The terms in your book’s contract, or which publishing route you decide to take, will determine when you receive your book royalties, and how often you are paid. For example, if you self-publish through Amazon’s Kindle Direct Publishing, royalties are paid out monthly, approximately 60 days after the end of the month in which the royalties are earned.
However, if you publish traditionally and receive an advance, you will likely not be paid your book royalties until you have essentially been able to pay back the amount of any initial advance with your book sales. Because there are many variables involved, be sure to check with your publisher to get clear on the payment process.
Why are Book Royalties important?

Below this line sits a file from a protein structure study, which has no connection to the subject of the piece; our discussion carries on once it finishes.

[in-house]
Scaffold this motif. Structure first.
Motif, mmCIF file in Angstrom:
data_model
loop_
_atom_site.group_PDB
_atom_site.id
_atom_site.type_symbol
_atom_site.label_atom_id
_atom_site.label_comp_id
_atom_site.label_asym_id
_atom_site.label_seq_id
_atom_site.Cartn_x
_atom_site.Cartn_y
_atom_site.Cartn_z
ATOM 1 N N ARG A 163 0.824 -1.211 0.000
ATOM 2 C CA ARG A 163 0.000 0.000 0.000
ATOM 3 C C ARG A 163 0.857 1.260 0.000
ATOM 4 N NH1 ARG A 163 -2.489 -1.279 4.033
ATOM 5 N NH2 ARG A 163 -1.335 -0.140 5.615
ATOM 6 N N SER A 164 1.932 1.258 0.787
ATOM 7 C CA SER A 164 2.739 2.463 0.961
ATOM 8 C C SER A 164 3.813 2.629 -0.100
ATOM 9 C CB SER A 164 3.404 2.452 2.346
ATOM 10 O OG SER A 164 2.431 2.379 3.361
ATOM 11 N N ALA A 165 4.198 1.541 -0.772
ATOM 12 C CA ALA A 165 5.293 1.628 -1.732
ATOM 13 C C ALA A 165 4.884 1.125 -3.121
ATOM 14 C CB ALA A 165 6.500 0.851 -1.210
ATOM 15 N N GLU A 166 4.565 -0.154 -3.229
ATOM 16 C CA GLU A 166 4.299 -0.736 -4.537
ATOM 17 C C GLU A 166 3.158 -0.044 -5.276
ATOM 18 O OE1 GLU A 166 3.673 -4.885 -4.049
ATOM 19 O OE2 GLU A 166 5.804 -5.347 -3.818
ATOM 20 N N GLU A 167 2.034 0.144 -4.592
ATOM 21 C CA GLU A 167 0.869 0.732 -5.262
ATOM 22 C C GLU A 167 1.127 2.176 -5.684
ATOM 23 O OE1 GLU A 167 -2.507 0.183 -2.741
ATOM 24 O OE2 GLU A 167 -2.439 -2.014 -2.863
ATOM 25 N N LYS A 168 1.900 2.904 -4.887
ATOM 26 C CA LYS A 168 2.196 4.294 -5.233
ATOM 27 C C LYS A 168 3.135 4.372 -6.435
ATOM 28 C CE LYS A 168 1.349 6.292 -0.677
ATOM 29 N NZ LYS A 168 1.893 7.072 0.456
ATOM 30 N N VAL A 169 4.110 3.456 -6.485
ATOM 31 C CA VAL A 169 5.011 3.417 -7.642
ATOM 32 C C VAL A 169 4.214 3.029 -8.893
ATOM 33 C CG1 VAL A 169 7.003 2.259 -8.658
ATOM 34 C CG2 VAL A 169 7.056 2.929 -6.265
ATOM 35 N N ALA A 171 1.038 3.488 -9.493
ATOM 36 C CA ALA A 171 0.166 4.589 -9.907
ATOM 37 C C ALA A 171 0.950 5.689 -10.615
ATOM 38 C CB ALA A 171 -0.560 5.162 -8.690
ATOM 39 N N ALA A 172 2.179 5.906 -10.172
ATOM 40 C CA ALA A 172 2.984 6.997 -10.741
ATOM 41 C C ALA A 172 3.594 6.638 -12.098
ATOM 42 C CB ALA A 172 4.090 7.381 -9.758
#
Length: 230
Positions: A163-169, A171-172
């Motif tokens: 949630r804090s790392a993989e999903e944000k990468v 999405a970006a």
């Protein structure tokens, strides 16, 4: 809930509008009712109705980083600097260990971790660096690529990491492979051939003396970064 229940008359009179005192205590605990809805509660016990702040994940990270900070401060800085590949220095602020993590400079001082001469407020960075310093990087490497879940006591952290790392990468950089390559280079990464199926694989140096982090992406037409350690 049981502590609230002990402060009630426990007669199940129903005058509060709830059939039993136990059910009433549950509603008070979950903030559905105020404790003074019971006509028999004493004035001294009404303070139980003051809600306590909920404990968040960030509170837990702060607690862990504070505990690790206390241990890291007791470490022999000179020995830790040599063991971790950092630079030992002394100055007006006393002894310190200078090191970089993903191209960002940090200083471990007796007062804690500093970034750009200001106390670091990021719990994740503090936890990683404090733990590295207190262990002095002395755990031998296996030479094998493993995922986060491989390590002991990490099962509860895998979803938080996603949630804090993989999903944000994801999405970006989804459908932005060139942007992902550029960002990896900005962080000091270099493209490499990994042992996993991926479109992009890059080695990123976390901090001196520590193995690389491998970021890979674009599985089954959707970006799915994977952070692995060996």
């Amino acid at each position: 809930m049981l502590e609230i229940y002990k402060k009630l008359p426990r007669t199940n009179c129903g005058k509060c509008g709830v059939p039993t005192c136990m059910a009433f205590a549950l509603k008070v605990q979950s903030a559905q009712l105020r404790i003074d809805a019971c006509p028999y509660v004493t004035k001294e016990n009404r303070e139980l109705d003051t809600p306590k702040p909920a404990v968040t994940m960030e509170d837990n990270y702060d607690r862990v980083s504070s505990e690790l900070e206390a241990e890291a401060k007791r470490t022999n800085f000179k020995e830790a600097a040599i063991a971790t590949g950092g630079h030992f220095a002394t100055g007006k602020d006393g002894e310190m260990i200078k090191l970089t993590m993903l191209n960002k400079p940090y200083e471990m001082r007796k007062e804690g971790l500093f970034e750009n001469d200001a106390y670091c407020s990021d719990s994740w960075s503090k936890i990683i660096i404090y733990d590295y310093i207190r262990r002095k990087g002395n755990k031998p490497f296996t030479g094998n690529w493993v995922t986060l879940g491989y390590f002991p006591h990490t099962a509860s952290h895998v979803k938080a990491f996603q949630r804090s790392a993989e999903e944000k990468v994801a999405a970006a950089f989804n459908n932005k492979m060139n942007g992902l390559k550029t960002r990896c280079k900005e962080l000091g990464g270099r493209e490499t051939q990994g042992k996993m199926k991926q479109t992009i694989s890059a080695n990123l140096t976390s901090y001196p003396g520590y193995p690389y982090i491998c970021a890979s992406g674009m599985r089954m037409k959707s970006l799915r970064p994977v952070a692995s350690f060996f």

An author should be thoroughly educated on all of the terms in the publishing contract, especially when it comes to understanding their book’s royalty rate.
This is because royalties are directly linked to an author’s profit. By determining what your royalty rate is, you can learn how much profit you should expect to see from your book sales.
What is the standard rate for Book Royalties?
Below is a chart that breaks down the standard author royalty rates. However, please note that these royalties have been calculated based on market averages.
An author’s actual royalty rate can vary depending on several factors, especially if the book is being published by an actual publishing house, such as a traditional big 5 publisher or indie publisher.
Variables that affect an author’s royalty rate:
- The author’s experience, credentials, and social following
- Book genre
- Book type
- Book length
- Any advancements
- Amount of books sold
- And more!